Florida banks are feeling the sting of the recent sanctions imposed against the government of Venezuela’s embattled president, Nicolas Maduro.
In the past, Venezuelans have ranked as one of the largest foreign buyers of luxury real estate in Miami. Over the past two years, however, those numbers have dropped significantly as Venezuela has descended into economic and humanitarian turmoil.
Now, banks in the state are having to spend an increasing amount of time reviewing and analyzing transactions made between Venezuelan clients and banks, according to David Schwartz, Florida International Bankers Association CEO, who spoke to Spanish language newspaper el Nuevo Herald. Banks are worried about violating U.S. Treasury Department sanctions against Maduro’s government and state oil company PDVSA, according to el Nuevo Herald.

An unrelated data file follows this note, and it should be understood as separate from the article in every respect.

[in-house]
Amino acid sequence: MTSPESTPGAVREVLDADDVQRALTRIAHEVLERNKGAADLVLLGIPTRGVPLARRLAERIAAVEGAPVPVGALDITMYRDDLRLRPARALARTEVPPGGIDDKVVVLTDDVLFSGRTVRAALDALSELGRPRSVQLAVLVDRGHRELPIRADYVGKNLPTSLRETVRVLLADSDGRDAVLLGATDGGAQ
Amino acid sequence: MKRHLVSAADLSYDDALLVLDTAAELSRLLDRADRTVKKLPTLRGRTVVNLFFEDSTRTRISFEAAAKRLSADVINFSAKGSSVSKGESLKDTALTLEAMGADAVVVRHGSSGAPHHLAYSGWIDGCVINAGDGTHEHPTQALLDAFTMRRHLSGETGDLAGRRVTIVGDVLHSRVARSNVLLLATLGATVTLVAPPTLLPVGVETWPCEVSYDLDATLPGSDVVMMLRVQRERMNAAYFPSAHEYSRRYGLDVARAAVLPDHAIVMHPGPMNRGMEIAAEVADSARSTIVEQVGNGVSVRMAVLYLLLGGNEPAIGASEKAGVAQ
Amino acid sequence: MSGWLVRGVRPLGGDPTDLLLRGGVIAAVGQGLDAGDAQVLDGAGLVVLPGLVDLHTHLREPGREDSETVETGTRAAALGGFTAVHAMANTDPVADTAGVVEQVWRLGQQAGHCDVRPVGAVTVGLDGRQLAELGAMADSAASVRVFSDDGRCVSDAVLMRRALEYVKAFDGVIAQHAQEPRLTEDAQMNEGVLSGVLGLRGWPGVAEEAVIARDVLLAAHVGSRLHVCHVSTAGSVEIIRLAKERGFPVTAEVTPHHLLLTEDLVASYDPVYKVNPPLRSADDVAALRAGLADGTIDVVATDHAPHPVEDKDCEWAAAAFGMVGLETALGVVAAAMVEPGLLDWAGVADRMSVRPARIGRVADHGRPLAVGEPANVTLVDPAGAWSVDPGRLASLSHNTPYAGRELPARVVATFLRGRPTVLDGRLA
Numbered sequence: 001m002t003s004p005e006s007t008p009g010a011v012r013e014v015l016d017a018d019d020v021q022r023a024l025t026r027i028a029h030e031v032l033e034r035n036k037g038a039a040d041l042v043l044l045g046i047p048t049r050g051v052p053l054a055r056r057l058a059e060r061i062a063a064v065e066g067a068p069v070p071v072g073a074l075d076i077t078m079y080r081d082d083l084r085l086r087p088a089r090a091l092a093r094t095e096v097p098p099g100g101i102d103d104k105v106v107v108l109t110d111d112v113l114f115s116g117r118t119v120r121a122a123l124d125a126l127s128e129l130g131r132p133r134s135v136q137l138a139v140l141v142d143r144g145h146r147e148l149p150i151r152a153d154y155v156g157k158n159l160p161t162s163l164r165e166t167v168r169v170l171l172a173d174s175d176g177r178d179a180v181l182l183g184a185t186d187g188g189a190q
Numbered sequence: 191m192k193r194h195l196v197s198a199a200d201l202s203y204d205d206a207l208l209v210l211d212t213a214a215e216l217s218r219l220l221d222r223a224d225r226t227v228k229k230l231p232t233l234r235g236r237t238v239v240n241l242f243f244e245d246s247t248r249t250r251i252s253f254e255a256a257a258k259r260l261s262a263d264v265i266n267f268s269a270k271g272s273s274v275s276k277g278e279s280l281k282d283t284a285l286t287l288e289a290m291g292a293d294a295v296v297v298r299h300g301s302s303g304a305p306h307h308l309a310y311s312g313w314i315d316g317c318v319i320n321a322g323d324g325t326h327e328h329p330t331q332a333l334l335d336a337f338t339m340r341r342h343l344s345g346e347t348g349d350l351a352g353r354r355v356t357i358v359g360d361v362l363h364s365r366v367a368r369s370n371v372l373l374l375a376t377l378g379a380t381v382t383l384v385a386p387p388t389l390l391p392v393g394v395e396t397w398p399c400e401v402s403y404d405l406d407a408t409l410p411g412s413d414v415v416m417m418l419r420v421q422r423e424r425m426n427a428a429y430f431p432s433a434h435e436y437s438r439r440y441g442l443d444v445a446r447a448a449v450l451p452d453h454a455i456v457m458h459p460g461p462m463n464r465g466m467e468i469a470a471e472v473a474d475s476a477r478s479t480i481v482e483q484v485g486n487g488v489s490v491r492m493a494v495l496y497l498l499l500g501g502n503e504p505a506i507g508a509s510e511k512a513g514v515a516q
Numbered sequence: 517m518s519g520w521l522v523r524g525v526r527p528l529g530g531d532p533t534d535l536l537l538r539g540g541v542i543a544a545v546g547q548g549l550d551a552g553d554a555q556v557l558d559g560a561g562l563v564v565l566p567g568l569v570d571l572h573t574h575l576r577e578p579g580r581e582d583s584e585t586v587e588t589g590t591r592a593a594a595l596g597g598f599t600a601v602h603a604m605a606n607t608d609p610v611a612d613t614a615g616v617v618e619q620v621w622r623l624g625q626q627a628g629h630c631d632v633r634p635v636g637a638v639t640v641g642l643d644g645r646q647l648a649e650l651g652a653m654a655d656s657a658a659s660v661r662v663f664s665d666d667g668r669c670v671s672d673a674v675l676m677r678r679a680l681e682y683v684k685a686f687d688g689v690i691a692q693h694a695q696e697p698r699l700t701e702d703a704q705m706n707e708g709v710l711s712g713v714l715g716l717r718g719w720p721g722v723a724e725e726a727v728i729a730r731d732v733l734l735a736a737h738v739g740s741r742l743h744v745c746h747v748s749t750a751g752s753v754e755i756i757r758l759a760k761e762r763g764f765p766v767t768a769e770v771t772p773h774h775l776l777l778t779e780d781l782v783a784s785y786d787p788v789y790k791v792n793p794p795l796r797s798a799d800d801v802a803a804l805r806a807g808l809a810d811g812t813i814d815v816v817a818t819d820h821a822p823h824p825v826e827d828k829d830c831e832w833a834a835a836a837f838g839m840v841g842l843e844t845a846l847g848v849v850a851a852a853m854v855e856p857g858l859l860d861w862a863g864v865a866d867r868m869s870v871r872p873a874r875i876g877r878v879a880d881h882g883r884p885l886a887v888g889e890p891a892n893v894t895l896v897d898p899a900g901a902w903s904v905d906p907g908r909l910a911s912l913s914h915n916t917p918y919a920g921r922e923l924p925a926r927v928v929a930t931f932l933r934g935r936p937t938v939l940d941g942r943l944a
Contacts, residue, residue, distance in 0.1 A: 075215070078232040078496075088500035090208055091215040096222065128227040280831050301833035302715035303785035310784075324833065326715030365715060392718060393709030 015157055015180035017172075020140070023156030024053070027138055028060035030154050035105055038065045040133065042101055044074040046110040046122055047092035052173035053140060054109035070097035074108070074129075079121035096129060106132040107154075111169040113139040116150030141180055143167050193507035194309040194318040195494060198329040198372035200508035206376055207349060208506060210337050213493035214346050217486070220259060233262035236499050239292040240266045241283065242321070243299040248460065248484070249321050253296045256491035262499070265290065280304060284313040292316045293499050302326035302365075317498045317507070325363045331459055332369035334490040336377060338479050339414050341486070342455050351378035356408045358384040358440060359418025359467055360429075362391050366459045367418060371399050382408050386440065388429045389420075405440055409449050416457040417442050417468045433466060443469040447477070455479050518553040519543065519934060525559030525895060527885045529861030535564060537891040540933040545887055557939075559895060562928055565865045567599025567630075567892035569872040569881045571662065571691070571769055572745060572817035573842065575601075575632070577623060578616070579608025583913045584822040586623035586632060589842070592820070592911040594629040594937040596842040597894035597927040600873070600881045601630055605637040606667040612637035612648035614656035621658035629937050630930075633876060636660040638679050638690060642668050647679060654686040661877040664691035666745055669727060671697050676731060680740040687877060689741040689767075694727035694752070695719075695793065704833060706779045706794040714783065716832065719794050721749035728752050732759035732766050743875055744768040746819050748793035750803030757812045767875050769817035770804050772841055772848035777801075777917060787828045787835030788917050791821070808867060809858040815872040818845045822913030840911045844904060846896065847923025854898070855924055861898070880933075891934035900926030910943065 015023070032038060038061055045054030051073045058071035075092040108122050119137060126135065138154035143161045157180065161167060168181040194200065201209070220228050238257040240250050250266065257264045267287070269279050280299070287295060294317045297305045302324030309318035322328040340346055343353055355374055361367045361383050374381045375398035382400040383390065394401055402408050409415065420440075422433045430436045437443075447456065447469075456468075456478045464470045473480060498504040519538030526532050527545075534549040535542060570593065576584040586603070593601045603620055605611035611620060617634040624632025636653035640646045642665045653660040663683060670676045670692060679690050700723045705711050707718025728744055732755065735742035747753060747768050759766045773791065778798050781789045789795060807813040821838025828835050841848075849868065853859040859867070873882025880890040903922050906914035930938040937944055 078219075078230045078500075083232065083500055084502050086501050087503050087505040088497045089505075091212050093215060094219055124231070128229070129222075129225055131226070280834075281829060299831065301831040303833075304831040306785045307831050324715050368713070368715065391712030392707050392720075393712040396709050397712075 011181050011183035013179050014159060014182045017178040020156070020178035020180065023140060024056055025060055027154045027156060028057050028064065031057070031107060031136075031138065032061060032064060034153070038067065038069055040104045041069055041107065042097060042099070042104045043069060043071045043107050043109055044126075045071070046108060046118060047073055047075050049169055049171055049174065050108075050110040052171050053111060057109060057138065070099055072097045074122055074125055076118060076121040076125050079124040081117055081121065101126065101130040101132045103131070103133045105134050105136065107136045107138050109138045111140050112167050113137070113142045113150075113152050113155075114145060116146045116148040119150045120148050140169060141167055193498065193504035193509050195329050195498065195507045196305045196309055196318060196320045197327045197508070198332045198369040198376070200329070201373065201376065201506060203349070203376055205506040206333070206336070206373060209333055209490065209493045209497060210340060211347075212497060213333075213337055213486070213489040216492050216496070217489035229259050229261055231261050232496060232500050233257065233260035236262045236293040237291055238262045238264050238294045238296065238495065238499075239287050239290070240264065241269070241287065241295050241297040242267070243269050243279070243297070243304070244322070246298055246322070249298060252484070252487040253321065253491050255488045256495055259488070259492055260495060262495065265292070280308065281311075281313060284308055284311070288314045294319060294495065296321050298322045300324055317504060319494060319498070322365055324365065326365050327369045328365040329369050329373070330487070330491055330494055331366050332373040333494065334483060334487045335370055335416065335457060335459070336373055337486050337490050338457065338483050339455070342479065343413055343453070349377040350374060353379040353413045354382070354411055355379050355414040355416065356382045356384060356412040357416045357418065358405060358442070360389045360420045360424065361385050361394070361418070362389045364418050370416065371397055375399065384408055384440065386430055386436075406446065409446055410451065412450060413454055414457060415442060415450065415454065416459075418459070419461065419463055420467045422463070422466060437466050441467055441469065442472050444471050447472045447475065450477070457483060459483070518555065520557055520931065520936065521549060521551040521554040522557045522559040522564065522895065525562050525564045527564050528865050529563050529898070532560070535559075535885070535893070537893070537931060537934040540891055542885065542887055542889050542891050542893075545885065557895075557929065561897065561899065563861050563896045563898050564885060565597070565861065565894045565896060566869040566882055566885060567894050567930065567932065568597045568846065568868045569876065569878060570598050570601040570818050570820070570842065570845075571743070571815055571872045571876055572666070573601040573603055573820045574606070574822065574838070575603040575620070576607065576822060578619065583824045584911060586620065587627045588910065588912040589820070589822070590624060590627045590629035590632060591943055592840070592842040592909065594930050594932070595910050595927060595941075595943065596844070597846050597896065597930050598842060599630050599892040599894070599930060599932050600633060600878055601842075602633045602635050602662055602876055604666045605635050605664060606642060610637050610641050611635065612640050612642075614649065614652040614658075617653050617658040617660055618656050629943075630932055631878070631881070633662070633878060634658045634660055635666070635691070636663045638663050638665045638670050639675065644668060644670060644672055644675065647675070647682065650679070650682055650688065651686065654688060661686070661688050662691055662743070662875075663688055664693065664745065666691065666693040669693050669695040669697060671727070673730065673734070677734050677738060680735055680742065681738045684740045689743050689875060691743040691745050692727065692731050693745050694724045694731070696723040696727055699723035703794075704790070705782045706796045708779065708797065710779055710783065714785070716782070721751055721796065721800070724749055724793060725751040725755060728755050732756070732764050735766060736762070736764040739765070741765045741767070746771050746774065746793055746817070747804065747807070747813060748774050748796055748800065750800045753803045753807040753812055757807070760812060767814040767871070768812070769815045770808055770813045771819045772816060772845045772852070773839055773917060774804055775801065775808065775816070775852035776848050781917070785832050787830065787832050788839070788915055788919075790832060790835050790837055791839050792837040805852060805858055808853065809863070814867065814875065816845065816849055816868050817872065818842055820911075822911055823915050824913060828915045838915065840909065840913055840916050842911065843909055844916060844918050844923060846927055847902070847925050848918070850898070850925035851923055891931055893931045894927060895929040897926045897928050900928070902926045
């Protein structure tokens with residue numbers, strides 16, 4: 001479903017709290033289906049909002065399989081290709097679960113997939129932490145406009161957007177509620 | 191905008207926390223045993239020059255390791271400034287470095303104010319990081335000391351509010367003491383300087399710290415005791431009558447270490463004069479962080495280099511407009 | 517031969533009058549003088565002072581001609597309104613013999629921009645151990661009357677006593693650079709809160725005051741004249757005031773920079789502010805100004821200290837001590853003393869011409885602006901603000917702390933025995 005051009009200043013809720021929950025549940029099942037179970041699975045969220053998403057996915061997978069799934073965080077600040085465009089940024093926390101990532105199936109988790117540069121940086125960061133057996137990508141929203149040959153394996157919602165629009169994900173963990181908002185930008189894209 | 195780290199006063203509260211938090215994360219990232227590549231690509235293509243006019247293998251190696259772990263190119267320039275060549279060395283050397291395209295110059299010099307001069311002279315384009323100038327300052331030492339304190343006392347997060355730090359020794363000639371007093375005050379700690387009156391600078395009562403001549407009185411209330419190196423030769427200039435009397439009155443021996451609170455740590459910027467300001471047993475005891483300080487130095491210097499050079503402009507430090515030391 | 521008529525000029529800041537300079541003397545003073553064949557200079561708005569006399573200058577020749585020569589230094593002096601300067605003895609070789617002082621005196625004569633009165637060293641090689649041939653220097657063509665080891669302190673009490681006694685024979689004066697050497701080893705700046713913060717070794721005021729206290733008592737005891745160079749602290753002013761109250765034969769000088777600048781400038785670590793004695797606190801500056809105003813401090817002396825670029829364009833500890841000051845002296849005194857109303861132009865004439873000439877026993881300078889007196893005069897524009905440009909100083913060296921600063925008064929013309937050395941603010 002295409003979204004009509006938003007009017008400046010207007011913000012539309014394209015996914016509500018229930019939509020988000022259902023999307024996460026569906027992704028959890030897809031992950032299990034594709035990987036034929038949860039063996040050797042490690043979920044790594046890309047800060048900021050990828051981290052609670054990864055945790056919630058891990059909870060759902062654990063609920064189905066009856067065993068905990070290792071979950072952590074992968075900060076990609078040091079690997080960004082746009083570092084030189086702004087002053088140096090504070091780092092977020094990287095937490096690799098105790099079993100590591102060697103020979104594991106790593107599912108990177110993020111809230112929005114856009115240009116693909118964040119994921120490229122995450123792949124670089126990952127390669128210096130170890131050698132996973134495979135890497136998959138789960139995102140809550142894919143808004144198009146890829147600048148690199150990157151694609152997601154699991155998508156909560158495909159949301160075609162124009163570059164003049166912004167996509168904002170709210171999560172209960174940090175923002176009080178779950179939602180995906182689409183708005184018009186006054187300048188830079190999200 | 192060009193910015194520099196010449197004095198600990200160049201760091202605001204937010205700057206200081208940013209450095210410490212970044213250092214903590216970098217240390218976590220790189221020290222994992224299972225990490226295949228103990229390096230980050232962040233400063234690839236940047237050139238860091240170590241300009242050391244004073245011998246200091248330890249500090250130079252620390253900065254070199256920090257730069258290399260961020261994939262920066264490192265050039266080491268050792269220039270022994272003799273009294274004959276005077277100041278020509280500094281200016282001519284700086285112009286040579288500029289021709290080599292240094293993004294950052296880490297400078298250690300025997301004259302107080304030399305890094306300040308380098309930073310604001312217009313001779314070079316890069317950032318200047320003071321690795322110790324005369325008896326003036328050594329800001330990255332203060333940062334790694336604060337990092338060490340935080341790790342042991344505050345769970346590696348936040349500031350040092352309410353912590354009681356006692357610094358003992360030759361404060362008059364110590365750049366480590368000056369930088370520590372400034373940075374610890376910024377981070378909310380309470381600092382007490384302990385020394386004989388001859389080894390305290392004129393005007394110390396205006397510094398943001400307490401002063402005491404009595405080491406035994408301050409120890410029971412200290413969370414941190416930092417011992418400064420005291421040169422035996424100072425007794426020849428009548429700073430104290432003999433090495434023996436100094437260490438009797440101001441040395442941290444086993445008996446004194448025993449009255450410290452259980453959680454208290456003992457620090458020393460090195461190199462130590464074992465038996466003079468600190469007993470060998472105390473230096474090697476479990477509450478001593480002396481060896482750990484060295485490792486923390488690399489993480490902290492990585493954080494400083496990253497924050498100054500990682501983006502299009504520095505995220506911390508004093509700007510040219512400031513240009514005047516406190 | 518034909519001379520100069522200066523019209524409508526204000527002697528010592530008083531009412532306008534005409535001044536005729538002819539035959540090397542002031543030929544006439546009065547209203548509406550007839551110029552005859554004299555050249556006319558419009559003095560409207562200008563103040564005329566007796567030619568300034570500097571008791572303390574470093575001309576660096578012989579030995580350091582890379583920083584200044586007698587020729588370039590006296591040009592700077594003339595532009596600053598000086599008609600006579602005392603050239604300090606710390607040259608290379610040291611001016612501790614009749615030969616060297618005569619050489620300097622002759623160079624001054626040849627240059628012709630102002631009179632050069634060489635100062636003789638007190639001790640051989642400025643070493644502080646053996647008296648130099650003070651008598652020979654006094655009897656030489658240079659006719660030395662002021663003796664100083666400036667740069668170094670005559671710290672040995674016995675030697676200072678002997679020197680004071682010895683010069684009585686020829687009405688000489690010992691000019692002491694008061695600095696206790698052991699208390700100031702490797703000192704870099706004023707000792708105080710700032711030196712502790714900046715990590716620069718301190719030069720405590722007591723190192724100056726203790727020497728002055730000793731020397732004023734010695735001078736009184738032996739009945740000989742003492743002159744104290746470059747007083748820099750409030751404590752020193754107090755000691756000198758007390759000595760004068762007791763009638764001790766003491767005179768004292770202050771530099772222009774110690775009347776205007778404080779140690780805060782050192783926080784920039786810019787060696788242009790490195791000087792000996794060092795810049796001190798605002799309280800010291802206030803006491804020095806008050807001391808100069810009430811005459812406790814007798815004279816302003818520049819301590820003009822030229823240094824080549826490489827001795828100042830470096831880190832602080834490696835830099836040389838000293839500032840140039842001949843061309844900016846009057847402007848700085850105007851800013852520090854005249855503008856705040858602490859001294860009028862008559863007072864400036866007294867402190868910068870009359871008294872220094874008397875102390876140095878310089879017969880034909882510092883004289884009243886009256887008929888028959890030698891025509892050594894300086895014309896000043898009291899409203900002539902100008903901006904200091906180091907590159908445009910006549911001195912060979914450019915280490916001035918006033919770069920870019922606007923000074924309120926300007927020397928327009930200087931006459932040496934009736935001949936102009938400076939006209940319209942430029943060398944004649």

Some of the country’s top officials have purchased condos and high-end real estate in South Florida, including at the Porsche Design Tower in Sunny Isles Beach and multimillion dollar houses in Cocoplum. Some of those assets have been seized by the U.S. government as part of a money laundering investigation.
There are also a number of banks in South Florida with ties to Venezuela. Coral Gables-based Banesco USA is owned by the same investors as Venezuela-based Banesco Banco Universal, while Miami-based Eastern National Bank is partly owned by a Venezuelan bank regulator. It recently agreed to a consent order with the U.S. government for violating the Bank Secrecy Act. And until a recent spinoff when it went public, Coral Gables-based Mercantil Bank was majority owned by Mercantil Servicios Financieros, one of Venezuela’s largest banks. [el Nuevo Herald] — Keith Larsen